A Tibetan Monk had been tortured for years by the Chinese authorities. When released the Dali Lama met with the Monk. His Holiness asked the Monk if he was ever afraid during those horrific years.
"Yes," the Monk answered. "I was afraid I would stop feeling compassion for my torturers."
Peace, wherever, whenever and however we can welcome it into our hearts and our world, should never become a memory.
November 18, 2010
It was past the world's bedtime. No one was really there.
Still, the remaining countries who had waited days to speak stepped up to the podium, and in the formal shoes of a tired man or the polite heels of a fatigued woman, addressed the empty seats.
World, they said, let's give peace a chance our country is hurting your country is hurting we are all hurting there is no need for this...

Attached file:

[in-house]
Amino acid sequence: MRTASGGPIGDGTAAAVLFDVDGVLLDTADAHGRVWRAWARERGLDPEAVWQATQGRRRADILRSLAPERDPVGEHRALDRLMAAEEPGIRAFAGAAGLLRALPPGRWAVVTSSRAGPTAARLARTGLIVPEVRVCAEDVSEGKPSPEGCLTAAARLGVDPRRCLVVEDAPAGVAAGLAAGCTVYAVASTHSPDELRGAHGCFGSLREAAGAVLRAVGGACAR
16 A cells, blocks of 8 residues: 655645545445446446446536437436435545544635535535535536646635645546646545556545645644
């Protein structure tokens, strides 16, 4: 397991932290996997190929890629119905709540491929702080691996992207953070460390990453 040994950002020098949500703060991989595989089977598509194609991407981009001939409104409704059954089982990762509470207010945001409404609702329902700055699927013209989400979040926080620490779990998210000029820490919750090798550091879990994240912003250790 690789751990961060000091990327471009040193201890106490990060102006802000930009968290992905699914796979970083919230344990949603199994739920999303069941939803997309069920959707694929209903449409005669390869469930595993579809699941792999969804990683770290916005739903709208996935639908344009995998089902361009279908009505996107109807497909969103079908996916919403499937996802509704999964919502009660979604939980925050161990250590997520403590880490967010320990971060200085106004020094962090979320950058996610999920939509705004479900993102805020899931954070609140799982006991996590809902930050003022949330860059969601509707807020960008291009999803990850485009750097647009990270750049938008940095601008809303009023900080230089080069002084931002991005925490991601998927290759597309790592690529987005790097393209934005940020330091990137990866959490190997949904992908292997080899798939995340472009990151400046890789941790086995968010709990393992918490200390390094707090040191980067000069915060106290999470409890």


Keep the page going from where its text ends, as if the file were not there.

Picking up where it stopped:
If the seats could have nodded they would have and they would have made sure something was done to make it better. But instead, each word bounced and banged against walls and ceilings.
We, the scribes, though, we made sure the words didn't shatter against hard surfaces.
We, the scribes, noted stressed stated said and urged.
We, the scribes, made sure even in empty spaces peace was recorded and thus given a chance.
Anthony Congo, Freed Slave and Early Lower Manhattan Landowner - On March 26, 1647, Anthony (also referred to as Antony) Congo, a newly manumitted slave of the Dutch West India Company, was granted six acres of land by t...
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